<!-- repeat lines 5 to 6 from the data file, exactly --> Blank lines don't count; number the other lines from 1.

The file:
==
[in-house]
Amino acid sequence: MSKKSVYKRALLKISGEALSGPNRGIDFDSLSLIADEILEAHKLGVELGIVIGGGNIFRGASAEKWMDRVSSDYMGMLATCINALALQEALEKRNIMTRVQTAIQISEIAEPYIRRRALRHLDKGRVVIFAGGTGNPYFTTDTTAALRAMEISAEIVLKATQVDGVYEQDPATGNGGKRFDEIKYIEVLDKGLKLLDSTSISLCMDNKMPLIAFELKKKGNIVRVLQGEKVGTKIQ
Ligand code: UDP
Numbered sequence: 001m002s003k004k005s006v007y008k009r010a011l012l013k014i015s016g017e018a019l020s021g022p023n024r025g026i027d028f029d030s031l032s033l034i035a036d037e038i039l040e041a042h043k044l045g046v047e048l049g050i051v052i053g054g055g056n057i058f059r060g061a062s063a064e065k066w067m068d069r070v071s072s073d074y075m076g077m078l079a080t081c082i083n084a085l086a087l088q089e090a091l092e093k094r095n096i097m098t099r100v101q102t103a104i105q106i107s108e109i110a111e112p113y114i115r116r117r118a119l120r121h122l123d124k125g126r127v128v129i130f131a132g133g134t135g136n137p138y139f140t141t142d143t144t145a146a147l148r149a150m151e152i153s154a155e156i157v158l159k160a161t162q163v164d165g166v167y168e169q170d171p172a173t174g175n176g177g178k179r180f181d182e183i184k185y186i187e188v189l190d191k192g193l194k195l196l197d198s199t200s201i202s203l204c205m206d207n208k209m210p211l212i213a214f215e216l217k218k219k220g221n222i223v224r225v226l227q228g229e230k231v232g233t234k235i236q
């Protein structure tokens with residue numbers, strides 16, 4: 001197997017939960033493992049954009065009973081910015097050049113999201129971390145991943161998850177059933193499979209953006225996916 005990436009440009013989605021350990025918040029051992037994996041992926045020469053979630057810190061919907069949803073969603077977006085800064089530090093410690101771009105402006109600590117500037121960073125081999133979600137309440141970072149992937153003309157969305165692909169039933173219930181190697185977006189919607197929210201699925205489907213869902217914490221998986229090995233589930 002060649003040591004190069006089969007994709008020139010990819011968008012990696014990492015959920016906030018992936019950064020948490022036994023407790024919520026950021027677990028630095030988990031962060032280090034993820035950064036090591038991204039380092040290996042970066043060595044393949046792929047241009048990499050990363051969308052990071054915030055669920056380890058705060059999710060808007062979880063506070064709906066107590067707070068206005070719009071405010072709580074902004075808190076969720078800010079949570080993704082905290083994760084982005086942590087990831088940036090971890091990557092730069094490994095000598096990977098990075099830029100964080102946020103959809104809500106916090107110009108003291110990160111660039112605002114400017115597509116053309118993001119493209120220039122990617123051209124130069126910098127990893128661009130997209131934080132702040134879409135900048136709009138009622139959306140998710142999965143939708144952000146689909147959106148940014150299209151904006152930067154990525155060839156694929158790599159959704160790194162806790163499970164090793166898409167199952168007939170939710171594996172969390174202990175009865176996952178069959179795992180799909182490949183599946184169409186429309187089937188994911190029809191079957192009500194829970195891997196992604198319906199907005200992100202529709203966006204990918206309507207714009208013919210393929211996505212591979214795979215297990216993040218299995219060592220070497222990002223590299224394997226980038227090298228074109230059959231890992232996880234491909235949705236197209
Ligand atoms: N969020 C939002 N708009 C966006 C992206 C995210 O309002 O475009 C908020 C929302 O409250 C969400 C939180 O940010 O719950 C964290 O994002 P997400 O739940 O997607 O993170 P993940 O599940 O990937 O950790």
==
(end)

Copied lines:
């Protein structure tokens with residue numbers, strides 16, 4: 001197997017939960033493992049954009065009973081910015097050049113999201129971390145991943161998850177059933193499979209953006225996916 005990436009440009013989605021350990025918040029051992037994996041992926045020469053979630057810190061919907069949803073969603077977006085800064089530090093410690101771009105402006109600590117500037121960073125081999133979600137309440141970072149992937153003309157969305165692909169039933173219930181190697185977006189919607197929210201699925205489907213869902217914490221998986229090995233589930 002060649003040591004190069006089969007994709008020139010990819011968008012990696014990492015959920016906030018992936019950064020948490022036994023407790024919520026950021027677990028630095030988990031962060032280090034993820035950064036090591038991204039380092040290996042970066043060595044393949046792929047241009048990499050990363051969308052990071054915030055669920056380890058705060059999710060808007062979880063506070064709906066107590067707070068206005070719009071405010072709580074902004075808190076969720078800010079949570080993704082905290083994760084982005086942590087990831088940036090971890091990557092730069094490994095000598096990977098990075099830029100964080102946020103959809104809500106916090107110009108003291110990160111660039112605002114400017115597509116053309118993001119493209120220039122990617123051209124130069126910098127990893128661009130997209131934080132702040134879409135900048136709009138009622139959306140998710142999965143939708144952000146689909147959106148940014150299209151904006152930067154990525155060839156694929158790599159959704160790194162806790163499970164090793166898409167199952168007939170939710171594996172969390174202990175009865176996952178069959179795992180799909182490949183599946184169409186429309187089937188994911190029809191079957192009500194829970195891997196992604198319906199907005200992100202529709203966006204990918206309507207714009208013919210393929211996505212591979214795979215297990216993040218299995219060592220070497222990002223590299224394997226980038227090298228074109230059959231890992232996880234491909235949705236197209
Ligand atoms: N969020 C939002 N708009 C966006 C992206 C995210 O309002 O475009 C908020 C929302 O409250 C969400 C939180 O940010 O719950 C964290 O994002 P997400 O739940 O997607 O993170 P993940 O599940 O990937 O950790």